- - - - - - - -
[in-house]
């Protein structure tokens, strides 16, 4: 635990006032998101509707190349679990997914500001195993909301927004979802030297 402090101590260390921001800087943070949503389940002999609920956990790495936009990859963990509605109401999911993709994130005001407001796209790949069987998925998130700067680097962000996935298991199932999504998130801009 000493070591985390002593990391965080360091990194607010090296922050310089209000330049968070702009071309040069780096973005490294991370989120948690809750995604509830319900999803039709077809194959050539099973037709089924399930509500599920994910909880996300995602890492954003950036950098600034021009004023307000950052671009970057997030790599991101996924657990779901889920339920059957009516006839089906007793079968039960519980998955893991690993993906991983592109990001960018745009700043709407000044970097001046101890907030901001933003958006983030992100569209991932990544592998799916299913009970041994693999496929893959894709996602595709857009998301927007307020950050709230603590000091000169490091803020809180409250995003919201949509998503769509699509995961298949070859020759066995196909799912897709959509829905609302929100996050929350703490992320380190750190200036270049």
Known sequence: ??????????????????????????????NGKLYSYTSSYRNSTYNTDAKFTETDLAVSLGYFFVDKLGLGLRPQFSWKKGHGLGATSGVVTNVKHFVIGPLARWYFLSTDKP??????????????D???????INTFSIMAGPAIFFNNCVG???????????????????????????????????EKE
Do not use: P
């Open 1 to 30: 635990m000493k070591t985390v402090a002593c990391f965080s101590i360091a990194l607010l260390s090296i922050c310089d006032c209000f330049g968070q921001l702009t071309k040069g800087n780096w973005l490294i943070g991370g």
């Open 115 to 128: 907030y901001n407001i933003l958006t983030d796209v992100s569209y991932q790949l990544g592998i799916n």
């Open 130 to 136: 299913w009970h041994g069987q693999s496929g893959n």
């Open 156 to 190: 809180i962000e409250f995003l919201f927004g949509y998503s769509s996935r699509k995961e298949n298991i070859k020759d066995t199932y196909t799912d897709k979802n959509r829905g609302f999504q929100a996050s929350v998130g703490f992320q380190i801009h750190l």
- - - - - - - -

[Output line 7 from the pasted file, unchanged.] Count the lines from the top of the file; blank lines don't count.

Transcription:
């Open 130 to 136: 299913w009970h041994g069987q693999s496929g893959n």